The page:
LIZZIE SIDDAL: Her Life & legacy

Tuesday, July 18, 2017


Lizzie Siddal Rossetti (b. 1829 – d. 1862) 

is one of the key characters in my novel 

Beauty in Thorns

which reimagines the Sleeping Beauty fairy-tale 

set amongst the passions, tragedies and scandals of the Pre-Raphaelite circle 

of poets and artists in Victorian Britain




'Paolo and Francesca da Rimini', Dante Gabriel Rossetti, 1855 


Known best for her work as a model for Pre-Raphaelite artists such as William Holman Hunt, John Everett Millais and Dante Gabriel Rossetti, Lizzie Siddal  was an artist in her own right, writing delicate melancholy poetry and painting small jewel-like oils. She was the only woman to have her work included in the first-ever exhibition of Pre-Raphaelite art in 1857. 



'Clerk Saunders', Lizzie Siddal (1857)


One of the difficulties of writing biographical fiction is that the author cannot sit on the sidelines, and say, ‘it is believed that …’ or ‘it is possible …’ A novelist needs to try and find the explanation that seems most likely, and then bring it to life on the page. This was most difficult in the case of Lizzie Siddal, someone whose real life is much obscured by myth and rumour.

The story persists that Lizzie was discovered by Walter Deverell, an artist friend of the Pre-Raphaelites, while working in a milliner’s shop. However, as the renowned Pre-Raphaelite scholar Jan Marsh has found, Lizzie did not passively wait to be discovered but rather went out to meet her future by taking her drawings to Mrs Deverell, the wife of the secretary of the London School of Design, in the hope of pursuing her dreams of becoming an artist. Mrs Deverell’s son Walter then went to visit Lizzie at her workplace and, after seeing her, asked her to model for him. 

That, at least, is the story that Lizzie herself told. It may not be true, but it seems more likely than a busy young man accompanying his mother to her milliner’s. There is as much evidence for one as for the other, (i.e. none), and this novel was inspired by the desire to give the women of the Pre-Raphaelite circle a chance to tell their own stories, in their own voices. So it is Lizzie’s version of events I have drawn upon in Beauty in Thorns.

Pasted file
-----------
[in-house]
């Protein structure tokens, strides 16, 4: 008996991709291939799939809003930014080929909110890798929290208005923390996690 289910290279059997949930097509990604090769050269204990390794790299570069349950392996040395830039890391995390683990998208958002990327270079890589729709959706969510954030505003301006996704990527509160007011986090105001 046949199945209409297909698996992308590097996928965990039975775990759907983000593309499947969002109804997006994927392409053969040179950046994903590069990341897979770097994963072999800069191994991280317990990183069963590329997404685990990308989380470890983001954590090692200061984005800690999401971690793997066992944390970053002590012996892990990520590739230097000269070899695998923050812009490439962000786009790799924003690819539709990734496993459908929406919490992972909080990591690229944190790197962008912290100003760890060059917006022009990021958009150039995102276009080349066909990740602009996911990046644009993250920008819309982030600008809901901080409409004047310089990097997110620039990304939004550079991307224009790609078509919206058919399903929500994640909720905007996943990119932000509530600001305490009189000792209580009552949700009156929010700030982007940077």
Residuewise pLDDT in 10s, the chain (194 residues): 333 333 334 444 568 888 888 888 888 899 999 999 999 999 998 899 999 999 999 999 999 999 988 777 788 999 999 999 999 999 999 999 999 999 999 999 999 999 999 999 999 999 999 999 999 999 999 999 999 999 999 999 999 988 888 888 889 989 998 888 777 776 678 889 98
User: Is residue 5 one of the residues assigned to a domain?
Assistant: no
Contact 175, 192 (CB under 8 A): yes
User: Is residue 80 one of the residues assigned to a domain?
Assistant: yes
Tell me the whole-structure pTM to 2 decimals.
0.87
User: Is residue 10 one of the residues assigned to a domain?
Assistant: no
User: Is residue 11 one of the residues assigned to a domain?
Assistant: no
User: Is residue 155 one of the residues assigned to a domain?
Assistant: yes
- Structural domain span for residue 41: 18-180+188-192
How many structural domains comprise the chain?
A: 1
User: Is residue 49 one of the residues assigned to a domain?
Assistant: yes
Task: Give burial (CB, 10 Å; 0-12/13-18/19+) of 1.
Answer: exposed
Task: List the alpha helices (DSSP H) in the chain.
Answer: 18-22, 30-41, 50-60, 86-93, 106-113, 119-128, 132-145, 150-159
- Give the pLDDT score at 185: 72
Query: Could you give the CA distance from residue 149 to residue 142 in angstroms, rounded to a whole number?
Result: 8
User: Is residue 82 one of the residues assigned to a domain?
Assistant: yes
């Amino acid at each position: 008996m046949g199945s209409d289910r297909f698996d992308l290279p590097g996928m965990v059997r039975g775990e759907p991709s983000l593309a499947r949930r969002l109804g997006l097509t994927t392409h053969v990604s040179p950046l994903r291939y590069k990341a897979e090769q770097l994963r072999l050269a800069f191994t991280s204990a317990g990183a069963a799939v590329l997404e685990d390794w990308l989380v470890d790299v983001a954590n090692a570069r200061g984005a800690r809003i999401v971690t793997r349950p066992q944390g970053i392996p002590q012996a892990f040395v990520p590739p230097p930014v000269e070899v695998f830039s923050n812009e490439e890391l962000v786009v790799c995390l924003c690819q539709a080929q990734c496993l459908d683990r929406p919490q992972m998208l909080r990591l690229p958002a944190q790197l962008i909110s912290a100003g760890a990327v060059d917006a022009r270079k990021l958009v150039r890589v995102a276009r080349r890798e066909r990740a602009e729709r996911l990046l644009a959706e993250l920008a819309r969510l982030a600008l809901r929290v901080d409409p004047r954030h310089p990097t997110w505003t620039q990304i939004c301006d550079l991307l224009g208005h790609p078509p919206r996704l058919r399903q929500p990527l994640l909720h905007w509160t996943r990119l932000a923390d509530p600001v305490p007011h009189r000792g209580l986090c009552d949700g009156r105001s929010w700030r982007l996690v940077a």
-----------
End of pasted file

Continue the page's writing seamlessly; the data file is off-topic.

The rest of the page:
'Twelfth Night', Walter Deverell (1850)

Walter Deverell wanted a girl who looked like a boy, to pose as Viola in Shakespeare's 'Twelfth Night'. Lizzie sits on the left, her slim legs exposed as she pretends to be a pageboy. The jester was modelled by Walter Deverell's friend, Dante Gabriel Rossetti, who would soon become Lizzie's mentor and - most probably - her lover. 

Rossetti (called Gabriel by his friends) drew Lizzie obsessively.


        
 

Drawings of Lizzie Siddal by Dante Gabriel Rossetti (1850-1852) 


In 1852, Lizzie modelled as 'Ophelia' for John Everett Millais. It was January 1852, and bitterly cold. Wearing an antique silver-embroidered wedding dress, she lay in a bathtub filled with water drawn from the filthy River Thames.  Millais had put candles and lamps underneath to try and keep the water warm, but one by one they blew out. Lizzie lay in the bath for five hours. In that one afternoon she would earn more for modelling than she did in a whole year as a milliner's apprentice. He brother had just died of tuberculosis, and her family were poor. She could not afford to lose her modelling job.


'Ophelia', John Everett Millais (1852) - Lizzie Siddal was the model


At last Millais saw that she was shivering with cold and fever, and helped her out of the bath. The damage was done, however. Lizzie was ill, most probably with pneumonia. Her family called for a doctor (a most unusual act by such a poor family). It is most likely that he prescribed her laudanum, a tincture of opium in alcohol. Lizzie became dependant on the drug, and began a slow slide down into addiction and physical and mental ill-health. 

Lizzie Siddal has not been treated well by the key biographers of the Pre-Raphaelites. She has been called 'sickly', 'wan', 'morbid', 'passive', 'obstinate', 'primitive', 'stupid', 'prim', 'neurotic', 'hysterical', 'feeble', and 'frigid', along with many other similar emotionally loaded words. Many of these biographers were apologists for Rossetti (including his brother and his niece), and so were not unbiased.  

Her addiction to laudanum is widely known. What is not so well-known is that Lizzie may have suffered from an eating disorder. Nowadays, when we see a young woman wasting away to a virtual skeleton, refusing food, or vomiting after meals, we would suspect anorexia nervosa or bulimia nervosa. However, in the mid-19th century such pronounced emaciation was normally attributed to tuberculosis, commonly called ‘consumption’ because it seemed to consume the sufferer.  

The first medical identification of eating disorders was made in 1868 (six years after Lizzie’s death), when Sir William Gull, the Queen’s physician, delivered a paper describing a digestive disorder with no known cause, which he called ‘hysteric apepsia’ (apepsia means ‘without digestion’). In 1873 (eleven years after Lizzie’s death), Ernest-Charles Lasègue, a French physician, published a paper entitled 'De l’Anorexie Histerique' which was the first real examination of the idea that the wasting away of these young women could be caused by self-starvation. It was not understood as a mental illness, however, but as a ‘maladie imaginaire’. Sir William Gull consequently undertook further investigation and coined the term ‘anorexia nervosa’.